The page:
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  • Shaken Baby Syndrome

    Tuesday, 21 July 2015 16:28
  • Amniotic fluid problems

    Thursday, 14 May 2015 12:54
  • Choosing a pre-school

    Friday, 10 April 2015 17:50
  • Newborn reflexes

    Tuesday, 03 March 2015 15:49
  • Mastitis

    Tuesday, 03 March 2015 15:41
  • Pelvic floor exercises

    Wednesday, 11 February 2015 17:20
  • Colic

    Wednesday, 11 February 2015 17:11
  • Antenatal Classes

    Monday, 03 June 2013 09:34
  • Strap-in-the-Future

    Thursday, 30 June 2011 13:52

Infertility in Women

Dr-Sascha-Edelstein_smallInfertility is becoming a common medical issue for most modern women. This article takes an expert medical look at the problems associated with infertility and the solutions available. 

According to Dr Sascha Edelstein, a Cape Town-based specialist Obstetrician and Gynaecologist, with a subspecialist certificate in Reproductive Medicine, infertility is defined as “the inability to conceive after one year of regular unprotected intercourse”.

Dr Saleema Nosarka, a Reproductive Medicine Specialist at the Cape Fertility Clinic says that the reason female fertility is such a hot topic lately is because “women are delaying child bearing due to their careers as well as financial constraints and thus as you get older your egg quality decreases and your chance of conceiving is much less.

“Also women are more aware of fertility issues these days and thus younger women seek help sooner.”

Dr Edelstein says that there has been a noticeable increase in fertility issues recently, for a number of reasons ranging from general health issues, such as obesity and the rise in sexually transmitted diseases.

There are six issues which can affect female fertility; we spoke to the experts to find out what they are and what solutions are available to deal with them:

Advanced maternal age

One primary influence over a woman’s fertility is her age. This is because the older a woman gets, the more her ovaries deteriorate, which is why the best age to fall pregnant, when your ovaries are at their ‘healthiest’, is between 23 and 31 years of age. Although this varies from woman to woman, most experts agree that after the age of 35 fertility decreases and it will become increasingly difficult to fall pregnant.

Women are also born with only a finite number of eggs, known as oocytes, which decline in quantity and quality over time. According to research, the decrease in the number of eggs in the ovaries gets rapidly worse after the age of 37, which not only presents issues with conception, but also increases the risk of miscarriage and chromosomal abnormalities should conception occur.

Dr Nosarka says that while this is a problem which cannot really change, and the fact that egg quality declines from the age of 35, the best option is to try for a baby when you’re younger and your ovaries and eggs are in prime condition.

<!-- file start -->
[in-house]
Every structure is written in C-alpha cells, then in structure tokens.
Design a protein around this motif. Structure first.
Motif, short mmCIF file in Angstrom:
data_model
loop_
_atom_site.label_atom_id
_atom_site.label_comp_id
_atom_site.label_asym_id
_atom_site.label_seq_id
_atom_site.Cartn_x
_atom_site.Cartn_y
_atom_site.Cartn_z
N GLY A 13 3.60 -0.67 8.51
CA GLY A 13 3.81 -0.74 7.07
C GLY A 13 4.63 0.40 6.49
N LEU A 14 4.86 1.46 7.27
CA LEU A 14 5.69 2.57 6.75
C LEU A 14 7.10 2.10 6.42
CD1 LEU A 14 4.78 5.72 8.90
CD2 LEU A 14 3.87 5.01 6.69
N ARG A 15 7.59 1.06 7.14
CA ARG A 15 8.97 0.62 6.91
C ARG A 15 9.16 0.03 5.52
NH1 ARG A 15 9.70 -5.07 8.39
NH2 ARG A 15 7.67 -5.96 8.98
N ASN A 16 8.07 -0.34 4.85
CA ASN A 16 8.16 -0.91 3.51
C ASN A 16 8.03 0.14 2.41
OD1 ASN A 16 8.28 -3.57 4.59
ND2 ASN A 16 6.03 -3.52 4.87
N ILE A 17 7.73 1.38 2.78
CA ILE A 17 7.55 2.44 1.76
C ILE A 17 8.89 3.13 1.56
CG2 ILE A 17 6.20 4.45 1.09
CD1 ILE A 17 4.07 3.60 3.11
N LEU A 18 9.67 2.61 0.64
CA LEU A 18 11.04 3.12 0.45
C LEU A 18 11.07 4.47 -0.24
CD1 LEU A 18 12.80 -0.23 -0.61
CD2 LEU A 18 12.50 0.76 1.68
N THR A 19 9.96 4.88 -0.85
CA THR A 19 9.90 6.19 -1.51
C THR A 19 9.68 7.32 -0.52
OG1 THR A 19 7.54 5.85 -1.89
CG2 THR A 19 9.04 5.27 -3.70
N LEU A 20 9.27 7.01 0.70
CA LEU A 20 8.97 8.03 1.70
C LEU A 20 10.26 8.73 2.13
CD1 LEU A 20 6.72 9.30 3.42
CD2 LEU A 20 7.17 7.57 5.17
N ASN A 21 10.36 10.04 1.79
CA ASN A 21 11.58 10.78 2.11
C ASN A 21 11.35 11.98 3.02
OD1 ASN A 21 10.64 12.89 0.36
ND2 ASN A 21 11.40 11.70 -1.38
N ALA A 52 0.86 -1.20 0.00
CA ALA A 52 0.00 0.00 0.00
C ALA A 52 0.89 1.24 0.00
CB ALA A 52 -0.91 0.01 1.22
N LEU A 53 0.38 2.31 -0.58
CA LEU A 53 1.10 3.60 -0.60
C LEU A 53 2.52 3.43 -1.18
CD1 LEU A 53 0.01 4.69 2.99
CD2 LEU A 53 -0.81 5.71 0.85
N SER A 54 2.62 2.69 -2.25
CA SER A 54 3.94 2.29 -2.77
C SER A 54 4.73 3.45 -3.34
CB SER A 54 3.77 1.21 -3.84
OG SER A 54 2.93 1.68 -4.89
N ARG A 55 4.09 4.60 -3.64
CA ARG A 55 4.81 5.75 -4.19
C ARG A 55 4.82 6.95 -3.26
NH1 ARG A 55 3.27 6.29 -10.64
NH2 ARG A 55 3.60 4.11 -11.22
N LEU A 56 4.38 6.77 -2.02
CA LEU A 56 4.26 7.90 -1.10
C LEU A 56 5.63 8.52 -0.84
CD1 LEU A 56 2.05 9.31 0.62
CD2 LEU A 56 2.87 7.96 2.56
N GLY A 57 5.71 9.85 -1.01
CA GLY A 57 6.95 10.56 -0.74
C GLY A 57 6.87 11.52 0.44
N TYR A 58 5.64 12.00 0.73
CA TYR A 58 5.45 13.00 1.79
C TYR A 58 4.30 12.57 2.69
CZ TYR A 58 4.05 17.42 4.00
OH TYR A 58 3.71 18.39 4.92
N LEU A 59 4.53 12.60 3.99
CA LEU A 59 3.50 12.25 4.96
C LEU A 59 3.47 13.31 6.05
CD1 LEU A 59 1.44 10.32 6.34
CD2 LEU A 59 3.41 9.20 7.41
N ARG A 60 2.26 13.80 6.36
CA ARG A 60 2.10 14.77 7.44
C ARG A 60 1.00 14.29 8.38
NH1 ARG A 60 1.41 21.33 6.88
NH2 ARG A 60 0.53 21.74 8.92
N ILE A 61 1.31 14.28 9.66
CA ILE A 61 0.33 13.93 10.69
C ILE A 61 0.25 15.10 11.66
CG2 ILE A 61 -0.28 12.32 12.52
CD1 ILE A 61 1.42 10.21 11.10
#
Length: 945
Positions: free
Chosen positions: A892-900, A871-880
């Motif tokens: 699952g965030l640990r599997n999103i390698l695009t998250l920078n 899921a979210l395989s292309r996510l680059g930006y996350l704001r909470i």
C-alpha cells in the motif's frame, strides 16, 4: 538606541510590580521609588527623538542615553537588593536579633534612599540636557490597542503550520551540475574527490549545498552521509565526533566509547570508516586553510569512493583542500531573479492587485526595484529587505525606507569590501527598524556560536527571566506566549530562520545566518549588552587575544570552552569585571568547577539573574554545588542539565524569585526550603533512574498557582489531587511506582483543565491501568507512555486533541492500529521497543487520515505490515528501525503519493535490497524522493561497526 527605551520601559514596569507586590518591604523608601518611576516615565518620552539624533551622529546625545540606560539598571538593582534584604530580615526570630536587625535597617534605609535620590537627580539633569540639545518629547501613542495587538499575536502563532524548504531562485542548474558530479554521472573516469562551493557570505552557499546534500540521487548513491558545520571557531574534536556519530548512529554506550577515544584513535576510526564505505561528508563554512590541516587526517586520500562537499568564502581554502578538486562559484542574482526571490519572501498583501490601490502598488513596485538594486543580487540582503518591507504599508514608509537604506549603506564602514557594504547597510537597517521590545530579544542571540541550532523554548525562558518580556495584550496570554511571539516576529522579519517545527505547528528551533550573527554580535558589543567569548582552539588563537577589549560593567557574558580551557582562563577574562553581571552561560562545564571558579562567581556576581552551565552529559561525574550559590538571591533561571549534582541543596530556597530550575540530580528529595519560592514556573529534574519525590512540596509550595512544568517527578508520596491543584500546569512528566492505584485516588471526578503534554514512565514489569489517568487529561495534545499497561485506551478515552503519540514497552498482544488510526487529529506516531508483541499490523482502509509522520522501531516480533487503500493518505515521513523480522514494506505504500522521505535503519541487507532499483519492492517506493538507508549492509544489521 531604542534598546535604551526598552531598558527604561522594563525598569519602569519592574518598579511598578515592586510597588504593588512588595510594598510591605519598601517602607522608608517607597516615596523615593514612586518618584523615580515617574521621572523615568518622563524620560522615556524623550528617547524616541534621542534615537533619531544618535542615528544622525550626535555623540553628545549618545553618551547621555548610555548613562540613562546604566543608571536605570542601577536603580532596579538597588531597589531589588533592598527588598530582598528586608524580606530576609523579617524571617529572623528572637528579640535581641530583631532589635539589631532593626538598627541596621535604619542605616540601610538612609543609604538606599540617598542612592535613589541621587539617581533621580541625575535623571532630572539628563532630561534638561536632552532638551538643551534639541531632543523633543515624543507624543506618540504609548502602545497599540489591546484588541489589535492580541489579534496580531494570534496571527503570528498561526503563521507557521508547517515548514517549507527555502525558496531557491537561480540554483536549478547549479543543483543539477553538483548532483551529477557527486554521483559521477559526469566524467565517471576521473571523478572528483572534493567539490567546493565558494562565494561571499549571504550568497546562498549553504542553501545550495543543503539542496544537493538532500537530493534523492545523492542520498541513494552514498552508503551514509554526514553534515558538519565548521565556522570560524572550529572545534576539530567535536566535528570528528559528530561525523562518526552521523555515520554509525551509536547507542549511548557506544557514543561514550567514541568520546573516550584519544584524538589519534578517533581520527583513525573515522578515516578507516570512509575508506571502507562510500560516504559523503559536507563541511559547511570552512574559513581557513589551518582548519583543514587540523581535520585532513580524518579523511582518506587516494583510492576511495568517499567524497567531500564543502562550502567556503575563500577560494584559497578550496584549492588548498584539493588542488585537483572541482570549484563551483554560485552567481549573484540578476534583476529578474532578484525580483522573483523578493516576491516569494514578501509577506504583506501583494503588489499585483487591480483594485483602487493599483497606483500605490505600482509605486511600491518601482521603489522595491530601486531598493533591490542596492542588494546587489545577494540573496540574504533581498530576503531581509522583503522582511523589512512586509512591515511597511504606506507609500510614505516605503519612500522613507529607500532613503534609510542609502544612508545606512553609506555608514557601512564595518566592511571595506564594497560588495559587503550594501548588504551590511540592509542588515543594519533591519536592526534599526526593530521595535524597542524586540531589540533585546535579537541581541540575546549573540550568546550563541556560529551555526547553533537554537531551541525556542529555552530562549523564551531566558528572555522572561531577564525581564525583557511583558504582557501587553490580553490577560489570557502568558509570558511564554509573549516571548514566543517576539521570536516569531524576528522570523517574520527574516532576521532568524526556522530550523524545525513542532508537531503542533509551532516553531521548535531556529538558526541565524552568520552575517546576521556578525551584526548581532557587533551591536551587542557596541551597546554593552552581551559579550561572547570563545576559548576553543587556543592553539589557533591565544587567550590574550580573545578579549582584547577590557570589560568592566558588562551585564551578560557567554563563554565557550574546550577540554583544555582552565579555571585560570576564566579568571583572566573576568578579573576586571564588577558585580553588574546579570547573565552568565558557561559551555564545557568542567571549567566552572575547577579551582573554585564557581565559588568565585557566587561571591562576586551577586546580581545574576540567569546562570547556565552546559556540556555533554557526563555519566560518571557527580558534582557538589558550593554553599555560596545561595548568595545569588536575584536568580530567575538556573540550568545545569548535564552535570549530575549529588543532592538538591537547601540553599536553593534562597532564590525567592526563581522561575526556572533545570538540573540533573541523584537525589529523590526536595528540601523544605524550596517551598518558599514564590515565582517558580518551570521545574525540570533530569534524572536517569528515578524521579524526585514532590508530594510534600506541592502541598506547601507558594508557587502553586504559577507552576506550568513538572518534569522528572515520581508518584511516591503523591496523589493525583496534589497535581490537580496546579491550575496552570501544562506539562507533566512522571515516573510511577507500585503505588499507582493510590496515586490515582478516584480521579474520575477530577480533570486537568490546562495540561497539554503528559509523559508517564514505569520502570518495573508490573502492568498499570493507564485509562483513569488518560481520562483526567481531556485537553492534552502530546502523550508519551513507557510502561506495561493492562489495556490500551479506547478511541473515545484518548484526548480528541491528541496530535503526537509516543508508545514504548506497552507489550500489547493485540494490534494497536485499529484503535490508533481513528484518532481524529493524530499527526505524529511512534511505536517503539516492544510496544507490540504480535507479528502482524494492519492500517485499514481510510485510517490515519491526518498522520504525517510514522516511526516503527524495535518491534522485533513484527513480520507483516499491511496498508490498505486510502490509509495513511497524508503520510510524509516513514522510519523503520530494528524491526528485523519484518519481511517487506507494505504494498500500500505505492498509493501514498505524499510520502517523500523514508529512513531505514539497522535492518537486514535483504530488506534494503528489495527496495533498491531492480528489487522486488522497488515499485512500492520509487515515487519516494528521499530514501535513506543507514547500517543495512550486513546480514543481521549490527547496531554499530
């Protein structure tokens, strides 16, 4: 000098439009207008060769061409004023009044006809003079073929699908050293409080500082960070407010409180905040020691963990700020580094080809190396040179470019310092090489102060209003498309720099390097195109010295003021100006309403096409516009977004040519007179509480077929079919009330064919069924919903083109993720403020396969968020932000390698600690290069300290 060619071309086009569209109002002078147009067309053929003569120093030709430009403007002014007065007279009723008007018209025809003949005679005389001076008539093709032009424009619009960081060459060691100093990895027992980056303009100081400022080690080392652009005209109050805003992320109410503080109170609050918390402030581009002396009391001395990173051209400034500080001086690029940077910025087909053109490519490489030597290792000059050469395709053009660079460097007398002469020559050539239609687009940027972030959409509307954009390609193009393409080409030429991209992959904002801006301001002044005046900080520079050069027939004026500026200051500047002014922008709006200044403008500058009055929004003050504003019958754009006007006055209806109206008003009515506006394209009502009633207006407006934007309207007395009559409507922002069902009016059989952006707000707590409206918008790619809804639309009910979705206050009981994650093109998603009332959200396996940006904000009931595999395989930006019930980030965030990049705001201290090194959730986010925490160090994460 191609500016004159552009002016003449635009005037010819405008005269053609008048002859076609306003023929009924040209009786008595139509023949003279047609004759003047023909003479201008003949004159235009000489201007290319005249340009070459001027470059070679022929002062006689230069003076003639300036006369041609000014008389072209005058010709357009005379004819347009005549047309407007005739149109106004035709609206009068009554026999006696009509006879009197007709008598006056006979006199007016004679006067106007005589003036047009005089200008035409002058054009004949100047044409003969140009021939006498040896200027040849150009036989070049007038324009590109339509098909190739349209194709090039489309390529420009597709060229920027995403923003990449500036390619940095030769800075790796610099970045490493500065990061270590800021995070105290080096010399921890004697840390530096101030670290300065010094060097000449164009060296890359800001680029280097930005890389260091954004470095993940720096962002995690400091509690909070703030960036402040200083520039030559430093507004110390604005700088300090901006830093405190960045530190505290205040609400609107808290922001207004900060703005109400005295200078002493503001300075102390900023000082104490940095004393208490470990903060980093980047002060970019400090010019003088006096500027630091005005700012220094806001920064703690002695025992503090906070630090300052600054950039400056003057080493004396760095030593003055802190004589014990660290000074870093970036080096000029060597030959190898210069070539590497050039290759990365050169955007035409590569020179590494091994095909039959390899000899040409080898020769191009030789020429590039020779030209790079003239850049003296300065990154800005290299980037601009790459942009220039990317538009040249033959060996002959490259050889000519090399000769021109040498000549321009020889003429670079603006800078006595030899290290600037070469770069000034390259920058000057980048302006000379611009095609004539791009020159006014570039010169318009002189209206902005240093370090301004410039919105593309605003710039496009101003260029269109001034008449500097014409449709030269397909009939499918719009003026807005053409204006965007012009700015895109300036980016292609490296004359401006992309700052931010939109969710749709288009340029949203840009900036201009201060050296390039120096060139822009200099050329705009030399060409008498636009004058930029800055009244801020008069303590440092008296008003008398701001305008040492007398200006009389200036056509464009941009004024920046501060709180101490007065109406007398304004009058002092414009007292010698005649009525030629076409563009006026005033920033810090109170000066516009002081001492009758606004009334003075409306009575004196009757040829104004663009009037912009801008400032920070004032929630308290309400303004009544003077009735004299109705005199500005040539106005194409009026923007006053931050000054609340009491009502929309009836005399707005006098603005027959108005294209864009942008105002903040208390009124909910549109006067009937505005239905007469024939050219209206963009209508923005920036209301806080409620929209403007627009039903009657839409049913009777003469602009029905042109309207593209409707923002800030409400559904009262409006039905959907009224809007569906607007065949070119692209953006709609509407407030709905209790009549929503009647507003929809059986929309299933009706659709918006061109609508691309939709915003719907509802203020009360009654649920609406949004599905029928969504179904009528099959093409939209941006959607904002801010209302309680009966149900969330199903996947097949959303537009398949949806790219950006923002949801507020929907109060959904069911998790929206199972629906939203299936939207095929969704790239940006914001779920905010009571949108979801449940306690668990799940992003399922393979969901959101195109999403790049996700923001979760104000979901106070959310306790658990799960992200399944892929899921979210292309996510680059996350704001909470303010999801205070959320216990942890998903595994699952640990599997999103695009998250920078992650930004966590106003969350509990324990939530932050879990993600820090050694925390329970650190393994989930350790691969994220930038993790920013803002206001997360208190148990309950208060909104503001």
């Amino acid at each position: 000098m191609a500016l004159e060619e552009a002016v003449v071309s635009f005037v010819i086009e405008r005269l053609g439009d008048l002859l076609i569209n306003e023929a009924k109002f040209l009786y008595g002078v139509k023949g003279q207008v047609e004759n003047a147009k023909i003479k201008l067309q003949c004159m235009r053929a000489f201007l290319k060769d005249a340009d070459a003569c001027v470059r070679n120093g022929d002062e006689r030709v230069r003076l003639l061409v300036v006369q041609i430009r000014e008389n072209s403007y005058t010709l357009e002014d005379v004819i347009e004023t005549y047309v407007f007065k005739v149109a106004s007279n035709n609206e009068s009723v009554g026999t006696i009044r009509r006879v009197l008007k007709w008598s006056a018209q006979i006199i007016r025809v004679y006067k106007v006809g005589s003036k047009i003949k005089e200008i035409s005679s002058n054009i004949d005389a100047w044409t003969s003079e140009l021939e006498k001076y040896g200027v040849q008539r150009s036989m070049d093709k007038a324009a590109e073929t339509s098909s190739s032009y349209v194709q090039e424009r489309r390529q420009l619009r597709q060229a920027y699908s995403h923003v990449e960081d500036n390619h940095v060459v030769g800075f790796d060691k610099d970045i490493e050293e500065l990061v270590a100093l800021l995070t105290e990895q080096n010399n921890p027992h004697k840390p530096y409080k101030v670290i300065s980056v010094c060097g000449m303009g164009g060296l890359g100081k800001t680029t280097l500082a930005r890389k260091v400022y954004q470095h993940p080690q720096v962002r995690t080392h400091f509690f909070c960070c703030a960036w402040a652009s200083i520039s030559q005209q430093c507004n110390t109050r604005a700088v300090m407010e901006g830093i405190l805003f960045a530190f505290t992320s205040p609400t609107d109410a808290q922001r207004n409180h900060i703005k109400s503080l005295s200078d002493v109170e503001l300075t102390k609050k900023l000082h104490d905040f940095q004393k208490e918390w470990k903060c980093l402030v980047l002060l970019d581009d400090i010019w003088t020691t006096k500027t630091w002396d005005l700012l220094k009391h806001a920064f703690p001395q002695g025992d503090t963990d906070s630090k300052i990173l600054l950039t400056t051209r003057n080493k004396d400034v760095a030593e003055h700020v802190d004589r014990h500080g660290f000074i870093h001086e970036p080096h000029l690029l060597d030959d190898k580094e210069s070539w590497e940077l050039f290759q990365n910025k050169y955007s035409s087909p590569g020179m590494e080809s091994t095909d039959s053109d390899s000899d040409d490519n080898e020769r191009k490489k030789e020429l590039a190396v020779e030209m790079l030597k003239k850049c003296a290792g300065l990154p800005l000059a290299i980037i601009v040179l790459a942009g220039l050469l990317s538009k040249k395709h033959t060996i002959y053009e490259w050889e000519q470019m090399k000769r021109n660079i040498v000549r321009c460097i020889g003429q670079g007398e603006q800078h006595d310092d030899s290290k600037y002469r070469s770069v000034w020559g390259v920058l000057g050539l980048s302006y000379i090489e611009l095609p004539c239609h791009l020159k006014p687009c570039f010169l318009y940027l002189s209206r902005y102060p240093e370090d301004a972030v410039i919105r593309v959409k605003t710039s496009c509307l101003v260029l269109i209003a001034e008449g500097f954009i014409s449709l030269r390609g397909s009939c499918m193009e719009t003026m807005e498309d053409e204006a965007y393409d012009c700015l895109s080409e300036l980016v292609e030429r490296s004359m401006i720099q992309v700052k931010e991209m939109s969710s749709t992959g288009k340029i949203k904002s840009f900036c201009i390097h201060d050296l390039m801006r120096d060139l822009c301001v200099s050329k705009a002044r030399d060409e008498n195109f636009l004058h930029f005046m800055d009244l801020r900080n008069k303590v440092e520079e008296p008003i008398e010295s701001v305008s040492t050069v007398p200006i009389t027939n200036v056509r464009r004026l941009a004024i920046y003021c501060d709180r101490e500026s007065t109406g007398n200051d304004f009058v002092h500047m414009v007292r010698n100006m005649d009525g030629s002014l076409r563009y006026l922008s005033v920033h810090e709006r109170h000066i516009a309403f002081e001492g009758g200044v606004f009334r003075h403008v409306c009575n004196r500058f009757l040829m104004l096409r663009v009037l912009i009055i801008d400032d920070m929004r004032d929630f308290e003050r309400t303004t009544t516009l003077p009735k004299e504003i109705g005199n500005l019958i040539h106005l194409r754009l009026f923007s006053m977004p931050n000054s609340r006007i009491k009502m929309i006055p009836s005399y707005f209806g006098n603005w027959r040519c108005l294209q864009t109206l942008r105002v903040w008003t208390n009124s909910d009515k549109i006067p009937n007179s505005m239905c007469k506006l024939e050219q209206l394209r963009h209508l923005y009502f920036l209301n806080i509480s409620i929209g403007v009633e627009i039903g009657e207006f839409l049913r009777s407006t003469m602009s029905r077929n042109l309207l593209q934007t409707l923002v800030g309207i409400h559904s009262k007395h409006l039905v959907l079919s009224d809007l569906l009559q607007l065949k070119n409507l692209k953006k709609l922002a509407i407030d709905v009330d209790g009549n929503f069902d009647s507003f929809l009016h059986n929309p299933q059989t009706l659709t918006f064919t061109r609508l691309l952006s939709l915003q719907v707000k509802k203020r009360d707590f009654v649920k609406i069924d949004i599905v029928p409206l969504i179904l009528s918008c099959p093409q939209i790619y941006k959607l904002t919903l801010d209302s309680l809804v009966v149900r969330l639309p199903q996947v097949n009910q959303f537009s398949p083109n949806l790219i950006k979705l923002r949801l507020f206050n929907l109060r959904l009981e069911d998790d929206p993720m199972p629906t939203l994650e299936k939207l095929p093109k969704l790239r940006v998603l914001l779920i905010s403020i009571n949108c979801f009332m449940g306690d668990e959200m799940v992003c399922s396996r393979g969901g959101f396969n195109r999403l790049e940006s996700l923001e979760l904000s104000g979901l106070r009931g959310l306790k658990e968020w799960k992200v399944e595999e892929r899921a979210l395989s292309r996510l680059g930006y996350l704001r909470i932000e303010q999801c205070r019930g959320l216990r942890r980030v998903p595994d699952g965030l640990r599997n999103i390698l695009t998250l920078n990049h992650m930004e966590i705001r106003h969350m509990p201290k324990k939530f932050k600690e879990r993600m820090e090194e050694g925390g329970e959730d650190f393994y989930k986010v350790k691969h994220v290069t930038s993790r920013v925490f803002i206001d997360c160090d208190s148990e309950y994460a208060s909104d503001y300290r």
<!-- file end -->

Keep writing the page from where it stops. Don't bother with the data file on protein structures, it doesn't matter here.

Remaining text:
Anovulation

This basically means that the body does not produce an egg every month, explains Dr Nosarka. So while a woman may continue to have her monthly period, anovulation means that she did not ovulate during that menstrual cycle and is thus infertile for that particular month.

Dr Edelstein adds that “for ovulation to occur, a complex interplay is required between the hypothalamus and pituitary gland within the brain and the ovary. Under the influence of the hypothalamus, the pituitary gland releases hormones that act on the ovary.

“This hormonal orchestra can be disrupted by both metabolic and psychogenic stressors, including sufficient weight loss and strenuous exercise. This picture of anovulation is frequently seen in athletes, dancers and eating disorders.”

When anovulation occurs, the ovary does not allow a follicle to rupture and then release an egg cell into the fallopian tube. The symptoms of anovulation are usually irregular menstrual cycles.

With anovulation it is still possible that you can have what may appear to be a period despite the fact you’re not ovulating, but the bleeding is different and can be markedly heavier or lighter than usual. This bleeding might be what’s known as oestrogen withdrawal bleeding, or could occur when the lining of the uterus builds to an unsustainable level and then begins to disintegrate.

It can occur for a number of different reasons including natural life phases such as during pregnancy or menopause or while breastfeeding, it could be down to temporary influences such as stress, travelling or coming off the contraceptive pill or it could be down to a medical condition.

Anovulation is fairly easily treated and if diagnosed in time can have a positive impact on fertility. From basic lifestyle changes such as a healthy, balanced diet with exercise and reduced stress to medications to induce ovulation, and in extreme cases, surgery to remove part of the ovaries, anovulation can be alleviated.

Endometriosis

Dr Edelstein describes endometriosis as, “a chronic disease that results in lesions of the reproductive tract” resulting in pain and often infertility.

“It is a common condition, which affects between 10 and 15% of women of reproductive age. Although the causes of endometriosis aren’t fully understood, it’s associated with a dysfunction of the immune system,” he says, adding that, “both stress and mood disorders are known to affect the immune system, increasing susceptibility to inflammatory diseases. Several studies have found that women with endometriosis suffer from anxiety related disorders more than women with other causes of infertility.”